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Rumor Roundup: Everything We've Heard on Desktop Haswell So Far, June 3, Box Art Included

By - Source: Tom's Hardware US | B 32 comments

A brief roundup of all the information that has come to light, through rumors or otherwise, regarding the upcoming Intel Haswell desktop CPUs.

The Haswell launch is so close that Intel has decided to count the time to release in nanoseconds, which unsurprisingly comes up with a fairly huge number of zeros that spikes our interest even further. For those of you who haven't been keeping track of all the rumors regarding the Haswell CPUs, we're hereby giving you a big roundup with all the believable rumors that have surfaced so far.

The CPUs will all be backed on a 22 nm lithography and feature either a GT2 (HD 4600) or a GT3e (HD 5200) graphics part. The chips with the "*R" naming will carry the GT3e GPU, while all the others will carry the GT2 part. Not only this, but the "*R" named CPUs will likely have a BGA (Ball Grid Array) socket instead of the LGA (Land Grid Array) socket.

The CPU's with the "*K" naming are unlocked processors that will have an unlocked multiplier as well as an adjustable base clock frequency. Previously, only the multiplier was unlocked. The maximum multiplier value tied to a 100 MHz base clock will be 80x; the maximum would be lower for the other base clocks. For example, the maximum multiplier for a 125 MHz base clock would be 64x; the maximum for a 166 MHz base clock would be 48x. Either way, in all three cases the maximum CPU frequency would be no higher than 8.0 GHz. Not only this, but the base clock is no longer tied to the other controllers; it is only for the CPU itself. Previously, adjusting the base clock frequency by as little as 7 MHz could destabilize the system due to affecting other controllers. According to Intel, this should make the CPUs easier to overclock.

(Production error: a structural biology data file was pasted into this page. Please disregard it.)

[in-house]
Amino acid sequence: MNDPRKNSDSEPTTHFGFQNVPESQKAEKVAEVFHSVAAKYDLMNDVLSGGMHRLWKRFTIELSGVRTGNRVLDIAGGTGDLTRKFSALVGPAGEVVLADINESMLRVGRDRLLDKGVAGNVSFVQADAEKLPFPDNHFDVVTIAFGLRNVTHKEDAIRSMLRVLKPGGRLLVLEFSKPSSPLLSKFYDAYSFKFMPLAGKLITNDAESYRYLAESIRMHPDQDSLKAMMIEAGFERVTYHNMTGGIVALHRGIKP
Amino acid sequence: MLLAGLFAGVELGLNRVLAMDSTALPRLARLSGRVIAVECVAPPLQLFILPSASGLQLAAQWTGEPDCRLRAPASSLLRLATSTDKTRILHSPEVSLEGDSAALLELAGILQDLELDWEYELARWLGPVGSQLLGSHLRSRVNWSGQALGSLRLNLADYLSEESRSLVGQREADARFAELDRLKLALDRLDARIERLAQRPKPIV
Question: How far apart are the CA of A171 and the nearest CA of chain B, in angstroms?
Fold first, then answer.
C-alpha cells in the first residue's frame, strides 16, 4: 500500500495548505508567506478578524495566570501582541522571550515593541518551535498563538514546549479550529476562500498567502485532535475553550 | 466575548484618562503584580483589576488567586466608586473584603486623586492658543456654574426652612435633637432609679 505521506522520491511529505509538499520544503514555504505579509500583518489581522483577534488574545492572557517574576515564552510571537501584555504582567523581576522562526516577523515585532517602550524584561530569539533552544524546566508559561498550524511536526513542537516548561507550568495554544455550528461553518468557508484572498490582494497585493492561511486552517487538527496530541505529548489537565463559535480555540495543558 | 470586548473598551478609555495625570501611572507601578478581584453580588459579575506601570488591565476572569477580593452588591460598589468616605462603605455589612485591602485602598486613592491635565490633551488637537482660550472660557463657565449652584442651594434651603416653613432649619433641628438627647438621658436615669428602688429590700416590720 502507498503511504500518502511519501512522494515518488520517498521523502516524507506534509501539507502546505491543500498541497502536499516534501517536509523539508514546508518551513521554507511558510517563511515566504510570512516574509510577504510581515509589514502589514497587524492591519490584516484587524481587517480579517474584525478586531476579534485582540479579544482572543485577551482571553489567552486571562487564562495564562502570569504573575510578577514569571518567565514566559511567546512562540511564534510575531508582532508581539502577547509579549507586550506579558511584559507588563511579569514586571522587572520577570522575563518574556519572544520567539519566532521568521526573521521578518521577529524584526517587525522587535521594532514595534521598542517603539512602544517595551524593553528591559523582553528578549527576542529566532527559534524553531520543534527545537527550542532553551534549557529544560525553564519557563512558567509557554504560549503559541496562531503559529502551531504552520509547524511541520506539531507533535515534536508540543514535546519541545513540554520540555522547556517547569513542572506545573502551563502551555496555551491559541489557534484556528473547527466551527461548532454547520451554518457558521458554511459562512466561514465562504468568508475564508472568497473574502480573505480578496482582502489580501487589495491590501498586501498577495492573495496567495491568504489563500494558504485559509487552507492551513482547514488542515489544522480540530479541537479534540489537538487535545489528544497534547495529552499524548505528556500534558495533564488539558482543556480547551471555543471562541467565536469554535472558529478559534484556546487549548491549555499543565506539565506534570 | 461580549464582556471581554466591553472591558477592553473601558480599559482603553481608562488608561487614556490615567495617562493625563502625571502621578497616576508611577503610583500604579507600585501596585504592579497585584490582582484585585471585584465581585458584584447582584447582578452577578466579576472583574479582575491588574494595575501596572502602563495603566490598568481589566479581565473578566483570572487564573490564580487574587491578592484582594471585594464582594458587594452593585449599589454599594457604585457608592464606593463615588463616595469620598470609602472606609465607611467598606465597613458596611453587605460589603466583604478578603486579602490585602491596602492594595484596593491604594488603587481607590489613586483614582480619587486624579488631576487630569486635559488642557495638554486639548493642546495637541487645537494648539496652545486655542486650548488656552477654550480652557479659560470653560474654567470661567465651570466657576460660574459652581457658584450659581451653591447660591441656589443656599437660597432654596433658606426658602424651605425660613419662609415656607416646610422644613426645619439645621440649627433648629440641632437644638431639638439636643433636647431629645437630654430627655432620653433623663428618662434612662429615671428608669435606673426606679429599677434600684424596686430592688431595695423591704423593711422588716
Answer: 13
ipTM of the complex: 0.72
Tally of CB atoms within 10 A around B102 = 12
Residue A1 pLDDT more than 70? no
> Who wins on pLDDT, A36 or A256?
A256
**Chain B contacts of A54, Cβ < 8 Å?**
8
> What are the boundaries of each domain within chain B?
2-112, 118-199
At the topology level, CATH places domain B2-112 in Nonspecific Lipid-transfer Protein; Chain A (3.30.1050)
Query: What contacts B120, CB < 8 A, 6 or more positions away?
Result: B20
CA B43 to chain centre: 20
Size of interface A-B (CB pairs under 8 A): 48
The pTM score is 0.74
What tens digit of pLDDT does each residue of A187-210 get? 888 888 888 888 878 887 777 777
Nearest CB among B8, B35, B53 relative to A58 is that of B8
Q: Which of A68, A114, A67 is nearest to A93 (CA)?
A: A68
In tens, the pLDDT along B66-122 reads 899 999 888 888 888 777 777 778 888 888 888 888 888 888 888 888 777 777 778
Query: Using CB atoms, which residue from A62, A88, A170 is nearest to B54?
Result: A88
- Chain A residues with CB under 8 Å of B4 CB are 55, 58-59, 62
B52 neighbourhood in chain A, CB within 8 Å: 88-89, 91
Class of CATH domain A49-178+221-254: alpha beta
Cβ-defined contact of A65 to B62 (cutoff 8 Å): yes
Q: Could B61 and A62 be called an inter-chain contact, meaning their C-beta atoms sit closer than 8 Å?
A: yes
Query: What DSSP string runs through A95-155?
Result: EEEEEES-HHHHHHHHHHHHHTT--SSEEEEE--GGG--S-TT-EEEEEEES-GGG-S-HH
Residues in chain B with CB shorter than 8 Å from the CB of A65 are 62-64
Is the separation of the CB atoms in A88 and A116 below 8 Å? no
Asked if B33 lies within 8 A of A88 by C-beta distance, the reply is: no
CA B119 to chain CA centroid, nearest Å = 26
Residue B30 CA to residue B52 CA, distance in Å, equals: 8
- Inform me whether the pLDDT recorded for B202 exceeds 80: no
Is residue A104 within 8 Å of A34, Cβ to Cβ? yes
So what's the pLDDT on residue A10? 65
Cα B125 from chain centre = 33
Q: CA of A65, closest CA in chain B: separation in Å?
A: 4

Model
Core / Threads
Base / Turbo
L3 Cache
GPU
Memory
TDP
MSRP
Core i7-47704 / 8
3.4 / 3.9 GHz8 MB
HD 4600
1,200 MHz
84 W
$292
Core i7-4770K4 / 83.5 / 3.9 GHz8 MBHD 46001,250 MHz
84 W$327
Core i7-4770S4 / 83.1 / 3.9 GHz8 MBHD 46001,200 MHz
65 W
$285
Core i5-46704 / 4
3.4 / 3.8 GHz6 MB
HD 46001,200 MHz
84 W$209
Core i5-4670K4 / 43.4 / 3.8 GHz6 MBHD 46001,200 MHz
84 W$227
Core i5-45704 / 43.2 / 3.6 GHz6 MBHD 46001,150 MHz
84 W$189
Core i5-4570S4 / 43.0 / 3.6 GHz6 MBHD 46001,150 MHz
65 W
$182
Core i5-44304 / 43.0 / 3.2 GHz6 MBHD 46001,100 MHz
84 W$175
Core i7-4770R4 / 83.2 / 3.9 GHz6 MBHD 52001,300 MHz65 W?
Core i7-4770S4 / 83.1 / 3.9 GHz8 MBHD 46001,200 MHz65 W?
Core i7-4765T4 / 82.0 / 3.0 GHz8 MBHD 4600
1,200 MHz
35 W?
Core i5-4670R4 / 43.0 / 3.7 GHz4 MBHD 52001,300 MHz65 W?
Core i5-4670T4 / 43.1 / 3.8 GHz6 MBHD 46001,200 MHz45 W?
Core i5-4570R4 / 42.7 / 3.2 GHz4 MBHD 52001,150 MHz65 W?
Core i5-4570S4 / 43.0 / 3.6 GHz6 MBHD 4600
1,150 MHz
65 W?
Core i5-4570T2 / 4
2.9 / 3.6 GHz4 MBHD 46001,150 MHz35 W?
Core i5-4430S4 / 42.7 / 3.2 GHz6 MBHD 4600
1,100 MHz
65 W?

The table shows all of the specifications for all of the desktop Haswell CPUs of which we are aware to date, as well as the MSRP's of eight of the processors.

Beyond these changes, a rumor regarding the CPU's thermals has also surfaced. Previously, most CPUs have the die soldered straight to the IHS (Integrated Heat Spreader). This way, the heat could easily be transferred to the surface of the CPU. However, with Ivy Bridge, Intel decided to not solder the CPU die to the IHS, but to instead fill the cavity with TIM (Thermal Interface Material). As a result, the heat transfer was much less efficient, and the CPUs would run notably warmer. A report has indicated that the Haswell CPUs do have better thermals than the Ivy Bridge counterparts; however, it remains uncertain whether the CPU dies have been soldered to the IHS or whether TIM has been used.

In the meantime, VR-Zone has leaked an image of the box art of the Haswell CPUs. It looks like a CPU box.